• Kelly May 16, 2015 at 3:58 pm #

      I really appreciate this comment because I considerate it that way myself. My mother committed suicide, I was never offended by the term because it is the ultimate act of commitment… Also, being non-religious I never deemed it as a condemned thing, but I do feel the need to point out that it is strictly forbidden in many religions. That being said it is always tragic and it is our jobs as the ones left behind to be understanding that many others do not really know the pain.

      • PR Staton January 5, 2017 at 9:32 pm #

        I’ve searched for this article repeatedly in my work and only today read the comments. I think it’s important to remember that the word “commit” came in to use because it was a criminal act. Though people have taken it to mean something different (i.e. commit to the act as mentioned), it doesn’t change the origin of the word, which still enforces a stigma and is based on a crime. While the term may not offend you, it is still offensive to many others, and I hope we can all be sensitive to that, in such a sensitive situation. I long ago made the decision to use the words “died by suicide” or just “died”, in an effort to change perceptions, it doesn’t seem like a difficult thing to ask of those with great compassion for this topic.

    • Kristi Magruder July 13, 2015 at 2:50 am #

      As someone who has contemplated suicide I agree with you comment. I never could commit to the act fully. It is a commitment you are making to die. I respect the author’s point of view but I agree.

    • Shelley D July 14, 2015 at 4:45 am #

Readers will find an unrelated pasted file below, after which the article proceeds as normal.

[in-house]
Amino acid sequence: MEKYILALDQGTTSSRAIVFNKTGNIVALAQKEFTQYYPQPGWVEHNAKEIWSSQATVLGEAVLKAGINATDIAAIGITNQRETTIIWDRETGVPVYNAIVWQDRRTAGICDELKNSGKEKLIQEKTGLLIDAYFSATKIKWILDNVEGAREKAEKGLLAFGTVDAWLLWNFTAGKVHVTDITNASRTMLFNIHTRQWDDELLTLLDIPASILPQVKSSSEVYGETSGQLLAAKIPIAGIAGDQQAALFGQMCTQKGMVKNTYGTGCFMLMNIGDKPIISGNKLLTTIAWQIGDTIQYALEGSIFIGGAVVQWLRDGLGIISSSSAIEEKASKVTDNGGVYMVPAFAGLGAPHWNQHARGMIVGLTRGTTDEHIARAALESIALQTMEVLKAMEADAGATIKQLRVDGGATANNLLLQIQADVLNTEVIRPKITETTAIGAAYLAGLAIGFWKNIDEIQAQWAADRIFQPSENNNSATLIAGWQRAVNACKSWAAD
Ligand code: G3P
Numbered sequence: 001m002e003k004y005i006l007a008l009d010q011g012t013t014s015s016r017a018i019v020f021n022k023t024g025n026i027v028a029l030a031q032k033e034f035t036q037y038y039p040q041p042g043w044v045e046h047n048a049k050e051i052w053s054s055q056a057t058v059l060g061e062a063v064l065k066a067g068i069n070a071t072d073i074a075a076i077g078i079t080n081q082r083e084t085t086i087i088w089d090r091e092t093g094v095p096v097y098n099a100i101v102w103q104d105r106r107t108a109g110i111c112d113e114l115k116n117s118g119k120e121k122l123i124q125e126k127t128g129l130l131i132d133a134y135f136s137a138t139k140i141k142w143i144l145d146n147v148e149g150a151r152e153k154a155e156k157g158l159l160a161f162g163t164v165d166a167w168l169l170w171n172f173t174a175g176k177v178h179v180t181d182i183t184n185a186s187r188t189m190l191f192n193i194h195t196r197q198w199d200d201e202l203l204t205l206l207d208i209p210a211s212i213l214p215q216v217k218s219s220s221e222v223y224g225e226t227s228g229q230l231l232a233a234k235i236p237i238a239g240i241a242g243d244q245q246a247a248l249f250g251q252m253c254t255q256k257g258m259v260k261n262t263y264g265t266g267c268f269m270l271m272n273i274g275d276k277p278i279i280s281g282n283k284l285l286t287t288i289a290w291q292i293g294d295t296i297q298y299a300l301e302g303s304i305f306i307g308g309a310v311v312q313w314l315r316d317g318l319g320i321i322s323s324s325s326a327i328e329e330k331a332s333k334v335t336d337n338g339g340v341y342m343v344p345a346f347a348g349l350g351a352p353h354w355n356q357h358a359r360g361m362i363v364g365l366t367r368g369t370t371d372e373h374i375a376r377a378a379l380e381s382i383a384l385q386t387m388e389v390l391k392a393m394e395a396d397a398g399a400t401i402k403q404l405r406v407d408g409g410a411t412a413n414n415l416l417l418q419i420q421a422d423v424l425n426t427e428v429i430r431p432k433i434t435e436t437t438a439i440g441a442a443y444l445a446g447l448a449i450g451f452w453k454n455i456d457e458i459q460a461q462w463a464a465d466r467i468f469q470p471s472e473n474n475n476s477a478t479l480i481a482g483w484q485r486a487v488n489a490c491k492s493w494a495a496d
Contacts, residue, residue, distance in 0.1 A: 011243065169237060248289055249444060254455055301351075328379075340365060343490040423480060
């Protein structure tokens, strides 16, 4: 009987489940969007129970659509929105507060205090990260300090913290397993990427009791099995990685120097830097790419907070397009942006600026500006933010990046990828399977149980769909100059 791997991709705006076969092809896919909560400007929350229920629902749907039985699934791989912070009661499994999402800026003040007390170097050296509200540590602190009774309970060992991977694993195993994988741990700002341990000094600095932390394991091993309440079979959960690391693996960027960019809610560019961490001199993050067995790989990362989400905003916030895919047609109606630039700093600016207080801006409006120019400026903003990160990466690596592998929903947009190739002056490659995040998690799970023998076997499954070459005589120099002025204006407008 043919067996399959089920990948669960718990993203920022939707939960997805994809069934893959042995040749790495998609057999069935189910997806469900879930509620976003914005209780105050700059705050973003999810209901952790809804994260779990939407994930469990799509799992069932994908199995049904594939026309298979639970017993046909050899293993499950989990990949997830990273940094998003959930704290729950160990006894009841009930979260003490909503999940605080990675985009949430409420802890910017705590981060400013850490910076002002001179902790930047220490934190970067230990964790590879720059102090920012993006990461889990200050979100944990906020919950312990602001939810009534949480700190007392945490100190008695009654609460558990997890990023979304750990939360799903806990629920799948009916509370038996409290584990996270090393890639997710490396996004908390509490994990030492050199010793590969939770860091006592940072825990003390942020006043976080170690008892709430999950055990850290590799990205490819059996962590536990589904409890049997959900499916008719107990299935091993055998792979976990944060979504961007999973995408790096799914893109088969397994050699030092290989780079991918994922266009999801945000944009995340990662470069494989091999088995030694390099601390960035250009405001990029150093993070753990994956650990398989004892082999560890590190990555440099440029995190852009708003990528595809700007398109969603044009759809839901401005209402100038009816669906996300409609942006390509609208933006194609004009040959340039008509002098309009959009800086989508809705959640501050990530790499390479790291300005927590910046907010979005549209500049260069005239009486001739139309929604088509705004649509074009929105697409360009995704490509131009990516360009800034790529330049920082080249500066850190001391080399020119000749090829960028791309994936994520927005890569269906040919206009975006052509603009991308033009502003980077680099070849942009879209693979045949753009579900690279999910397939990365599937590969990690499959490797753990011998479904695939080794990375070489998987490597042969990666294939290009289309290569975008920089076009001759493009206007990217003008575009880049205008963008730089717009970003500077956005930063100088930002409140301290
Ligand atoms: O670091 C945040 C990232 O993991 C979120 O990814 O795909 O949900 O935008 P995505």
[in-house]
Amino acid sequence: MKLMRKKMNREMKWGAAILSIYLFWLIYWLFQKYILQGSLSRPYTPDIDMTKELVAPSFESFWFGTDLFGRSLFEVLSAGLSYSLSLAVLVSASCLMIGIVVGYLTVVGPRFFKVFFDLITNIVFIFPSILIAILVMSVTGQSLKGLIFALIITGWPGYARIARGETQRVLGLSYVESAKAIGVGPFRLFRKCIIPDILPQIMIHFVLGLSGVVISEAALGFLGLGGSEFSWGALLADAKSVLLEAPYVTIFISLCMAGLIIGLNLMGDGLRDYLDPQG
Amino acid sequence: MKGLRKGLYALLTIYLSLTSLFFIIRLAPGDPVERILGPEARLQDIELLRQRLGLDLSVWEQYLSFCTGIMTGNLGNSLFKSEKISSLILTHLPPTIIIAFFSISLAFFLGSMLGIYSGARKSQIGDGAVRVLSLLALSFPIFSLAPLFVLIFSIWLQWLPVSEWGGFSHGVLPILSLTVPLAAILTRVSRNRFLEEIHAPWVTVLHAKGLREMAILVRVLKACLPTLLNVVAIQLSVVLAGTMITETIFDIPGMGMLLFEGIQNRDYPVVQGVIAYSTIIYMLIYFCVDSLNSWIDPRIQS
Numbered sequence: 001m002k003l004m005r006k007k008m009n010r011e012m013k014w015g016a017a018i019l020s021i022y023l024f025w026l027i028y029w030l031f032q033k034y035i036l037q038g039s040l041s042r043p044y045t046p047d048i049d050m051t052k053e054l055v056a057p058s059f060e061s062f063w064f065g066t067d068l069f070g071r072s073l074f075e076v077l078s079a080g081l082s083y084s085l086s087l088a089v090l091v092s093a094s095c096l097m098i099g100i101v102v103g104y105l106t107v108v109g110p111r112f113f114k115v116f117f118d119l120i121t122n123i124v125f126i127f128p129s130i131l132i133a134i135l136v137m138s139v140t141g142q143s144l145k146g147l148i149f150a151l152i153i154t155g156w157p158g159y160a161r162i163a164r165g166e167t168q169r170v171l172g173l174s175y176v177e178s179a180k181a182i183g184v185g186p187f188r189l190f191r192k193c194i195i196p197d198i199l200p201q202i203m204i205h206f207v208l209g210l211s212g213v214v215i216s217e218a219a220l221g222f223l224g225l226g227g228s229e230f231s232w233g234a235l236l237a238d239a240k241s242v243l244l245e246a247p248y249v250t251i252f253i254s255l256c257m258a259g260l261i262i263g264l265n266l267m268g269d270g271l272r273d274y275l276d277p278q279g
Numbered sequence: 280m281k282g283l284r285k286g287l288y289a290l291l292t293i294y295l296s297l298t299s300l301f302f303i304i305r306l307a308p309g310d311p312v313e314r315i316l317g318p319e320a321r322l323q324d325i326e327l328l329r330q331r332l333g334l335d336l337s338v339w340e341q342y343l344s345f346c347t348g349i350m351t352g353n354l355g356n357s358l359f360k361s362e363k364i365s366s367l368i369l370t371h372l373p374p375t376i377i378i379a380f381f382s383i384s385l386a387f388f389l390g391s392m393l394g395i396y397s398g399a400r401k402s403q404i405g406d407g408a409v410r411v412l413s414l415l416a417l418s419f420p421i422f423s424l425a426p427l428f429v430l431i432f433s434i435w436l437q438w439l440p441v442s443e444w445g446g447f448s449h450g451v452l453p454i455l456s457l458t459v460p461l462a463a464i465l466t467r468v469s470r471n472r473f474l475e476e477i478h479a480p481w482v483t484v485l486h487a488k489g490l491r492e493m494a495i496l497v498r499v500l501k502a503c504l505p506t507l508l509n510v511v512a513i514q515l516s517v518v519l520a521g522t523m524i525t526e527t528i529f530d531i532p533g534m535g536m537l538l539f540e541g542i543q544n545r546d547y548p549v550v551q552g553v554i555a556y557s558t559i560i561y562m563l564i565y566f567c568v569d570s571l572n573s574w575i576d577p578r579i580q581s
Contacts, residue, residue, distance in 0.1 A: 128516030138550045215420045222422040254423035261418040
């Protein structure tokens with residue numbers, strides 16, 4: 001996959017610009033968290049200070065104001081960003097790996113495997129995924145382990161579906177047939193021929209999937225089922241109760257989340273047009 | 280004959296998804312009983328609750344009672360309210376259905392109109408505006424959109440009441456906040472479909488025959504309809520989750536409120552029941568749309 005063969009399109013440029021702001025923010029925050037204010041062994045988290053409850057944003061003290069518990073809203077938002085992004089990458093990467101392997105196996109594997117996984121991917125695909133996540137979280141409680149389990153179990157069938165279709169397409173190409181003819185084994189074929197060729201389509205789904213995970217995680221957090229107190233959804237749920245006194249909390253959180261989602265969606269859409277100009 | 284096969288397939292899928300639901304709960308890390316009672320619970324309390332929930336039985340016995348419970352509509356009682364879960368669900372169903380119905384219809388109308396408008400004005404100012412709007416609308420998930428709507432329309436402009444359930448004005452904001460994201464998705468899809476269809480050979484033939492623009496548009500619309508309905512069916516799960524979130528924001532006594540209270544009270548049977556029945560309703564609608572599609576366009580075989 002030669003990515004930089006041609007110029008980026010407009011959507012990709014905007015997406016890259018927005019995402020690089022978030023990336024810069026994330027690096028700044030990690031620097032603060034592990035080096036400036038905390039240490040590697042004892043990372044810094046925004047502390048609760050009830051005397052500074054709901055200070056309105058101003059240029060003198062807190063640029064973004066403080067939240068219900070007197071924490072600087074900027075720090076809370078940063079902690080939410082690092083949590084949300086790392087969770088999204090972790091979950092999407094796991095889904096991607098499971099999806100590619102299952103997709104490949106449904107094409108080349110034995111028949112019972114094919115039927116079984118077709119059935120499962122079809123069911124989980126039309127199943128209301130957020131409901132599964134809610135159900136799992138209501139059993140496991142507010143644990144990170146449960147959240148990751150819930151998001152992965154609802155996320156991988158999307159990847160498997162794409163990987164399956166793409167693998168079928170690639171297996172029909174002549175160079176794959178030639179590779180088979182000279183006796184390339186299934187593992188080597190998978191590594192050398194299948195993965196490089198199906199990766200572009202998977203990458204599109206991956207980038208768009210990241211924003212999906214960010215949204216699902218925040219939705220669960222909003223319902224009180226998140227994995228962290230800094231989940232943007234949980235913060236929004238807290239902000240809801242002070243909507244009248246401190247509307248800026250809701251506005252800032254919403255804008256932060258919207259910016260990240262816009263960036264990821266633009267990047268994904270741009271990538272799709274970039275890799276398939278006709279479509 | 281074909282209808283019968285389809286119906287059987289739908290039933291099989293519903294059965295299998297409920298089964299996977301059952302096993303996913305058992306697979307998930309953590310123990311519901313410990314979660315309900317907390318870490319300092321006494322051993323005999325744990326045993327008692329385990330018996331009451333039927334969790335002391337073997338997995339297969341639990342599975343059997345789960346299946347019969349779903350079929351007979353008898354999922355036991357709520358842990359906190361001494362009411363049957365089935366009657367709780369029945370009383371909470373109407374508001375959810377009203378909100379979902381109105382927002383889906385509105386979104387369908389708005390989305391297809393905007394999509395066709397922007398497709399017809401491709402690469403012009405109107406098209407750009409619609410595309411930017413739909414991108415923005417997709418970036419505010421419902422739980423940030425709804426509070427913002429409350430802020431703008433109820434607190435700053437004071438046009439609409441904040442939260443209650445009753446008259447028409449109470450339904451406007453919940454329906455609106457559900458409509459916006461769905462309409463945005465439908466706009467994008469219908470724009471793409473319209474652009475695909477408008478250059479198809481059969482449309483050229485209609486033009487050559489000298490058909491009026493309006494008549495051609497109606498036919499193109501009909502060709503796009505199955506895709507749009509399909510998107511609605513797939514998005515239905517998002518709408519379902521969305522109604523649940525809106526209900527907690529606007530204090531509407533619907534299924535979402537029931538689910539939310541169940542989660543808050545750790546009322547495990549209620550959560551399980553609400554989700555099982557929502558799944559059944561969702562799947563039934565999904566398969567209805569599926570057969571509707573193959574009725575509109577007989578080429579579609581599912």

Yes i agree with your perception. My grandfather, father and two uncles “commited” suicide. I find nothing wrong with this term.

    • Adele Griffiths July 15, 2015 at 6:17 am #

      I read somewhere that suicide is illegal in many places so that the police do not need to be granted permission by the occupiers of a property when going in to investigate a suicide. This is also the case when they have been made aware that a suicide is about to take place – they can go in without permission to stop the person and then provide them with help. The illegality seems malicious but when you think of it this way, it’s a protective barrier for those involved

  2. ayala May 20, 2010 at 9:03 pm #

    I hope it wasn’t anything I said during dinner that exacerbated any of the insomnia, but if I did, then I’m glad you were able to turn the musings of the brain into such a well written and educational blog piece. I appreciate being given suggestions for what to say. (As you know I like to give them too!)

    Thank you for educating us.

  3. Kendra May 21, 2010 at 5:20 am #

    A little bit of Jeff’s smirk is surrounding all who read this Kyle. Well done.

  4. Dede May 31, 2010 at 3:10 pm #

    Kyle–this is so well-written. It never even occurred to me, and I am interested in language. Thank you–you are such an inspiring person!

  5. stampylisa June 9, 2010 at 5:56 pm #